How to make Frozen Princess Soaps

Yvonne is our most recent Soapologist to join our blog programme here at Stephenson Personal Care. In her first post with us, Yvonne shares with us how to make Frozen Princess Soaps! This is a really easy recipe for all ages and abilities and can be made in 7 simple steps. It makes a great gift for kids and adults who love the Disney movie.

What you need

  • Stephenson’s Crystal SLS free clear base
  • Stephenson’s Crystal WSLS free Opaque base
  • Rubbing Alcohol in a spray bottle (I use 99.9% Isopropyl Alcohol which I bought from Amazon)
  • Blue colourant/food dye
  • Pink colourant/food dye
  • Princess Crown Moulds (you can get these on Amazon or you can choose another mould but the measurements may differ)
  • Fragrance of your choice (optional)
  • Scales
  • Microwave safe jug (I use a Pyrex jug that I bought cheap from my local supermarket)
  • Metal spoon
  • Thermometer (preferably an infrared thermometer, but the thermometer is not essential)

Let's get started!

If you’re using a different mould, be sure to measure the volume of it to ensure the layers in the soap are accurate. The best way to do this is fill your mould with water and then pour the contents into a measuring jug. As we have three layers in this soap recipe we will need to divide the total volume of our moulds into three.

Example: 100ml mould ÷ 3 = 33.3ml (To make it easier just round this up to 35ml)

We would then turn the ml into grams so we can weigh our soap. For example - we’ll need 35 grams of Clear Base and 2 lots of 35 grams of White Base.


Step 1

Cut your clear soap base into small pieces, put all of the clear soap pieces into the jug and then microwave for intervals of 30 seconds until fully melted. The soap should now be a liquid consistency.

Step 2

I recommend 1 drop of blue colourant but you can add more until you are happy with the shade. Add 3 drops of your chosen scent; again you can add more or less depending on your personal preference. Stir all the ingredients!

Spray the soap in the jug with 2 squirts of the rubbing alcohol to burst any bubbles. Pour into the mould and spray 3 times with rubbing alcohol. Leave the soap to harden – this usually takes 20 minutes. Leave the excess soap in the jug.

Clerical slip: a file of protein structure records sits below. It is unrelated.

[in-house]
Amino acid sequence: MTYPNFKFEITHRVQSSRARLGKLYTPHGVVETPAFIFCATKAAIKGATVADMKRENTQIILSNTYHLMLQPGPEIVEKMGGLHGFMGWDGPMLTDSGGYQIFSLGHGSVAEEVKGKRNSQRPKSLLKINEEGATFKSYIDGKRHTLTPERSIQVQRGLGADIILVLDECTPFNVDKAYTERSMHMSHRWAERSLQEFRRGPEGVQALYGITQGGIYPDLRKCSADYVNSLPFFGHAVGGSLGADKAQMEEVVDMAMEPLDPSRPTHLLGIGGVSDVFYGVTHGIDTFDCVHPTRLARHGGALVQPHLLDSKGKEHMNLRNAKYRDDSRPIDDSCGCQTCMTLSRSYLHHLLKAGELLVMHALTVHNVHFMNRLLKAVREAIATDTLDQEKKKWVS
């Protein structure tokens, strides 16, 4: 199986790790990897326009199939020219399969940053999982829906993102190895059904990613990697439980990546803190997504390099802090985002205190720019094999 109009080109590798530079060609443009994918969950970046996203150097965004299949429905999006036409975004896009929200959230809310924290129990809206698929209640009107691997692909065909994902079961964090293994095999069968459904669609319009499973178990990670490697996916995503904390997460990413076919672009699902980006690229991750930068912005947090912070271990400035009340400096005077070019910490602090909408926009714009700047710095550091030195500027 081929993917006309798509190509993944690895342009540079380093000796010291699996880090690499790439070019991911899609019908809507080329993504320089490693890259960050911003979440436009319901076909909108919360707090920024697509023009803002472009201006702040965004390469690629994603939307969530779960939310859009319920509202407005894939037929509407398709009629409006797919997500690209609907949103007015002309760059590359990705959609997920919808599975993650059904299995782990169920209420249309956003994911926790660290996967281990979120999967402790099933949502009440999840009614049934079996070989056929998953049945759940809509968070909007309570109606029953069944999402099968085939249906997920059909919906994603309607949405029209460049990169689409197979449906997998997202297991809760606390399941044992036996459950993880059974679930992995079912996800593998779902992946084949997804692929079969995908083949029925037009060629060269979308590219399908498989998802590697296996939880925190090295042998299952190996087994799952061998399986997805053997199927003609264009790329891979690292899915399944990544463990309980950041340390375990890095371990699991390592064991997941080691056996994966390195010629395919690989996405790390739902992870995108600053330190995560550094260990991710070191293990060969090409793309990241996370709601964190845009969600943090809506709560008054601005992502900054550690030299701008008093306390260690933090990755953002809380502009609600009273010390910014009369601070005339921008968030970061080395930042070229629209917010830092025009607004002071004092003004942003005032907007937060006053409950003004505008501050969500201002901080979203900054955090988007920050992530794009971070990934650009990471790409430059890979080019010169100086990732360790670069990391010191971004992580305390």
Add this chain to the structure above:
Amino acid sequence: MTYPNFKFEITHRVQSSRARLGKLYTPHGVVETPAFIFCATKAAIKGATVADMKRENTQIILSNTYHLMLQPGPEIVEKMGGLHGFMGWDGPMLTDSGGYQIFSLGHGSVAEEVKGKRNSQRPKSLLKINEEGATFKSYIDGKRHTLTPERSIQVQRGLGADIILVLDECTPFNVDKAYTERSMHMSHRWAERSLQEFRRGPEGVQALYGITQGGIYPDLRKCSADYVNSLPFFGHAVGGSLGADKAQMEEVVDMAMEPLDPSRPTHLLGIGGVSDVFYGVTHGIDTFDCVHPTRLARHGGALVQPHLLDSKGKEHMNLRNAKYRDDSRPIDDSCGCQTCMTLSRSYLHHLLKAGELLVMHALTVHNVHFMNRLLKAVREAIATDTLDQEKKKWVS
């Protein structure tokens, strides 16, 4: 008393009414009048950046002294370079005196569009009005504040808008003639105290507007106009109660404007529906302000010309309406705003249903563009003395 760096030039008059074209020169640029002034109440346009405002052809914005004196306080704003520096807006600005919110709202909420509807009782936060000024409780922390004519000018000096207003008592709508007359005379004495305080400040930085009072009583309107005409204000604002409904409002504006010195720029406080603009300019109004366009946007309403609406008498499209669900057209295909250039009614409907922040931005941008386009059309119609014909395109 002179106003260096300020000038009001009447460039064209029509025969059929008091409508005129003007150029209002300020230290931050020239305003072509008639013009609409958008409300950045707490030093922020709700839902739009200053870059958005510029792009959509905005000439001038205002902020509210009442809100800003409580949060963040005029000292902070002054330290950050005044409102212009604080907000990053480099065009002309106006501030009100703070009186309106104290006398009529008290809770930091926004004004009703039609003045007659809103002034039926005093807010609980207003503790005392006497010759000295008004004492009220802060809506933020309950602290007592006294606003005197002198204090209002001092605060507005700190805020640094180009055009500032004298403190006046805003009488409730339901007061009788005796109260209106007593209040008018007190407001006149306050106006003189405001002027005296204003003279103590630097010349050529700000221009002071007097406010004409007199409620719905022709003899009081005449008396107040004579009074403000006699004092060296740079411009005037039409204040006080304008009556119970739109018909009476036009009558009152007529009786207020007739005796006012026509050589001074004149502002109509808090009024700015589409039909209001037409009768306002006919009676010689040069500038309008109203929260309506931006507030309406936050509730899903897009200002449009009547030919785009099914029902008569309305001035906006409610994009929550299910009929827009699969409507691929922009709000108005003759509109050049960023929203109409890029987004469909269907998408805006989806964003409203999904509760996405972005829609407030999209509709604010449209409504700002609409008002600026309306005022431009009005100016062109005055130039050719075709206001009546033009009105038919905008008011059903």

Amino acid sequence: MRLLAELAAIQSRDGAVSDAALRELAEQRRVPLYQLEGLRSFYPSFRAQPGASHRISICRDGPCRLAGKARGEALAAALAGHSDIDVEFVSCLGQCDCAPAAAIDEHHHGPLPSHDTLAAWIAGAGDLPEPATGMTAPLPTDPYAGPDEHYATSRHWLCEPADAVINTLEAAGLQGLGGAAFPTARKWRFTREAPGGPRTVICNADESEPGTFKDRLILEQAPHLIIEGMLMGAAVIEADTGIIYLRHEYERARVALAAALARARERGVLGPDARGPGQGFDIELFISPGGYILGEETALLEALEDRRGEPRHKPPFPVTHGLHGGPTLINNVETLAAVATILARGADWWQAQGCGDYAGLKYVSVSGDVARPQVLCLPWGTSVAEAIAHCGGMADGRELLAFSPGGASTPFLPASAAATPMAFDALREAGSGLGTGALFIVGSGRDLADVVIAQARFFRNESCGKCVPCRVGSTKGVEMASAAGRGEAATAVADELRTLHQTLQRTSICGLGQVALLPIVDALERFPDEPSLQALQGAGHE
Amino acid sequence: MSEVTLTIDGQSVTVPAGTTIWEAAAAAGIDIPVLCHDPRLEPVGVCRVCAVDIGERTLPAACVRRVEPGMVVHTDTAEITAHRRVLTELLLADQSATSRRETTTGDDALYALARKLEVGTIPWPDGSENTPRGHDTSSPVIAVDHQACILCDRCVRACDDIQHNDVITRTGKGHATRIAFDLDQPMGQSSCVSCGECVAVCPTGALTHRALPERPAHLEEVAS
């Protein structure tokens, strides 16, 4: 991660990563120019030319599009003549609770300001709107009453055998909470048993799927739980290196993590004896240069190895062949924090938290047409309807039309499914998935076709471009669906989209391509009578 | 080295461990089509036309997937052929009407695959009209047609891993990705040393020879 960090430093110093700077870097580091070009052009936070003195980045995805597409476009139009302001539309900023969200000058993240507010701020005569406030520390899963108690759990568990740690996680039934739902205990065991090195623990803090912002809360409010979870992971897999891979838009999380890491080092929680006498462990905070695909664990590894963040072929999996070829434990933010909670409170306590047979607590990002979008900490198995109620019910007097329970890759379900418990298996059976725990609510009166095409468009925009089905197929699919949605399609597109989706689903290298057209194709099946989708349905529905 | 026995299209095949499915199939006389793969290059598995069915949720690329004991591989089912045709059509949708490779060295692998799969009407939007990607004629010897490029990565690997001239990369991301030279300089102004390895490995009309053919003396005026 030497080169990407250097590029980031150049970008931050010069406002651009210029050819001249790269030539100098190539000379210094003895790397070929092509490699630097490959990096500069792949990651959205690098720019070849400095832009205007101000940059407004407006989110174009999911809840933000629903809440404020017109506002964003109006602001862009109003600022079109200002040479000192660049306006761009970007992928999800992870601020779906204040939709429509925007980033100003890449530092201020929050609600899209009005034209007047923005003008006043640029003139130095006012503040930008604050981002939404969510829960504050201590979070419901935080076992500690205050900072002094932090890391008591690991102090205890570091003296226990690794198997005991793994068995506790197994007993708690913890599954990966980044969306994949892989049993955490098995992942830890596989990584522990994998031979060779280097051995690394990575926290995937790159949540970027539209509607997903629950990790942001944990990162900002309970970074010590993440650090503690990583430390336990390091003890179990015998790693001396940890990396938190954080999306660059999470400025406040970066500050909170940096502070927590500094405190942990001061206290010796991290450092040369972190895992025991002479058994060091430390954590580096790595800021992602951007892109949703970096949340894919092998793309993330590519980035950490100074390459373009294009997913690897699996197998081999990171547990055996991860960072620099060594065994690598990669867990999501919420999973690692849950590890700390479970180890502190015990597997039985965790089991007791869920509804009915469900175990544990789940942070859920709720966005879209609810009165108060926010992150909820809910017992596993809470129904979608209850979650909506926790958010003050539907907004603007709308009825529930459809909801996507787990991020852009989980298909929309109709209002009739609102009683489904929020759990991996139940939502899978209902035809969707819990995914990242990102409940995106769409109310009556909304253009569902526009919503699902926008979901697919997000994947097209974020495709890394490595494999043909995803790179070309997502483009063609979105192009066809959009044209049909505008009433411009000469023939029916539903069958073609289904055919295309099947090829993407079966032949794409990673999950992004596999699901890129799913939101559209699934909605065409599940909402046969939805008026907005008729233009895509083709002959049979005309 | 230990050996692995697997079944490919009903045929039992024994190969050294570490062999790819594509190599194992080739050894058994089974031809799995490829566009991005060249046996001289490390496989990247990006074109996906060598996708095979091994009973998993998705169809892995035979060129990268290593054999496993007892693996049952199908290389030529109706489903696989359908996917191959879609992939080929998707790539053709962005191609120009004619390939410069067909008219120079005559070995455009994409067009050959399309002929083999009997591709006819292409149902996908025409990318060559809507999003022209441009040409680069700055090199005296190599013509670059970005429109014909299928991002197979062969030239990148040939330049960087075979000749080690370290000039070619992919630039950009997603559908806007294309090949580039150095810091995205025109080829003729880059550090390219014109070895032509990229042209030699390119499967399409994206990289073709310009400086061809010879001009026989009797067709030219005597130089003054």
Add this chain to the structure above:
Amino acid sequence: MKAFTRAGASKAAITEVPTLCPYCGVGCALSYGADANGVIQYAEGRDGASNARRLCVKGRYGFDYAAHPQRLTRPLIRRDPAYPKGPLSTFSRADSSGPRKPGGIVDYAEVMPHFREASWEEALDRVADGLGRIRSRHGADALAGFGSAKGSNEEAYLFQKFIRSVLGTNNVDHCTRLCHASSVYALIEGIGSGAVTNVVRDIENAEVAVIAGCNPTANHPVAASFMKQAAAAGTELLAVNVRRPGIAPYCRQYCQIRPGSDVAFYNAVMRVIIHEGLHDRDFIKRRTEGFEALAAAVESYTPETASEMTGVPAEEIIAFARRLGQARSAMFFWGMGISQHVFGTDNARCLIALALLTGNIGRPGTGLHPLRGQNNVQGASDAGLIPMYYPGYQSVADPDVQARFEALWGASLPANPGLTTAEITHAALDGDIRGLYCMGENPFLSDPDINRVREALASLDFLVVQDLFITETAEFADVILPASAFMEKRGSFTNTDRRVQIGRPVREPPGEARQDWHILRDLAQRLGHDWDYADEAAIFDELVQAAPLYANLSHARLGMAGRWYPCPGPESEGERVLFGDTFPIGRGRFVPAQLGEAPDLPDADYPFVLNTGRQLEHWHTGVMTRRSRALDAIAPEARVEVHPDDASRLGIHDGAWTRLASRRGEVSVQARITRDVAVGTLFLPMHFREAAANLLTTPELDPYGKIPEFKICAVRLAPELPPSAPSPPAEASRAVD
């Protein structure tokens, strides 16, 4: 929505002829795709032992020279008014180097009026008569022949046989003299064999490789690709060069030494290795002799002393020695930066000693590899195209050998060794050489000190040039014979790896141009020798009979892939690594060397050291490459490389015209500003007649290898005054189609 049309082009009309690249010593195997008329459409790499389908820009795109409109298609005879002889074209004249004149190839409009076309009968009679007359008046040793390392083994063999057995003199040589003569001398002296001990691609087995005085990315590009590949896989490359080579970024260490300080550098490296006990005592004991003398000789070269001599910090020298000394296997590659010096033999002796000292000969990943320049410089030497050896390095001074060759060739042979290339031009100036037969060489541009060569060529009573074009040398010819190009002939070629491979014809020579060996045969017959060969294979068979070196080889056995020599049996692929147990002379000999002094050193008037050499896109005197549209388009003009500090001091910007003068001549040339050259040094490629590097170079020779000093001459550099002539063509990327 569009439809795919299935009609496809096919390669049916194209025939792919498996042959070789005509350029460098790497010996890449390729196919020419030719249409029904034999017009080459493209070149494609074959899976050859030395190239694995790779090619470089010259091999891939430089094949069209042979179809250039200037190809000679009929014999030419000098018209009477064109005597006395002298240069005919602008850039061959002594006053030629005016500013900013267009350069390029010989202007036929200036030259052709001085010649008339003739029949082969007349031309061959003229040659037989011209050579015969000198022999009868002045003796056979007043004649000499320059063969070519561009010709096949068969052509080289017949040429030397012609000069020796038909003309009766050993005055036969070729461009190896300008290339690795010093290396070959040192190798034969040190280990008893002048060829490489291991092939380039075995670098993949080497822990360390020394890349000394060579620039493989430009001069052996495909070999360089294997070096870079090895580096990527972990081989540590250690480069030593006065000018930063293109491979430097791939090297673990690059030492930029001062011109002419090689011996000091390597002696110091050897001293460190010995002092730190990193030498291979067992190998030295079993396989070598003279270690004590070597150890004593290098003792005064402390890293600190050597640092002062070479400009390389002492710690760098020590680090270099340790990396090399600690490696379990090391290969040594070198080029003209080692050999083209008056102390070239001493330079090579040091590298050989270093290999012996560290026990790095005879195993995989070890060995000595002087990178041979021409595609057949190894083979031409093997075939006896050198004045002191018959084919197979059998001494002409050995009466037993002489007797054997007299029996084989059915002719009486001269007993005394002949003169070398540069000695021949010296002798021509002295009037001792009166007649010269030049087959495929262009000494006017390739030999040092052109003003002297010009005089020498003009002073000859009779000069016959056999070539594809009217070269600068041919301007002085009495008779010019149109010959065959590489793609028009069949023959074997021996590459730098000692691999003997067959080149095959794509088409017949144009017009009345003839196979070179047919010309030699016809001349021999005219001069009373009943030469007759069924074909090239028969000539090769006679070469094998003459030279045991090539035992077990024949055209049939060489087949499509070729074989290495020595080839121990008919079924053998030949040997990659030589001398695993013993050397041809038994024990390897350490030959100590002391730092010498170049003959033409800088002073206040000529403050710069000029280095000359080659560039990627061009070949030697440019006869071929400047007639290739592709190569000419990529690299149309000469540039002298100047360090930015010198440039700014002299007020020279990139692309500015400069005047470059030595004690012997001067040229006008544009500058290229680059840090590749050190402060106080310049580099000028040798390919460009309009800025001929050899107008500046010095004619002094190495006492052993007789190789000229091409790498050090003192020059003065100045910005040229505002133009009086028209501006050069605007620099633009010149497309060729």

Step 4

I recommend 2 drops of pink and 1 drop of blue colourant to the soap but you can add more or less until you find your desired colour. Add the same amount of fragrance to the soap as you did to the previous blue clear soap. Stir in well!

"**TOP TIP** If you don’t have a thermometer, another great way to judge if your soap is not too hot to pour, is by simply placing your hands on the sides of the jug. You should be able to keep your hands on it, without it being too hot for you to want to pull your hands from the glass."

Step 5

Spray the hardened blue clear soap in the mould with the rubbing alcohol 3-5 times - this is a crucial step as the alcohol is what makes next layer of soap stick together.

Spray the soap twice in the jug with the rubbing alcohol. With the thermometer, make sure your soap temperature is below 55°C/130°F before pouring on top of the blue clear soap in the mould. Spray 3 times with alcohol again - leaving soap to be set aside until hard and leaving excess soap in the jug again.

Step 6

Take one of the separated white soap pieces and put it in the jug and follow step 3, 4 and 5 but this time add 2 drops of pink.

Step 7

Leave soap for 20 minutes before moving it. For fast results, place in the freezer for 30 minutes or the refrigerator for 4 hours.

"For the best results, leave over night or for 24 hours before removing it from the mould."

Thanks to Yvonne for sharing with us this great recipe! Yvonne is a craft blogger located in inverness, Scotland. You can see what she creates over on facebook group here.

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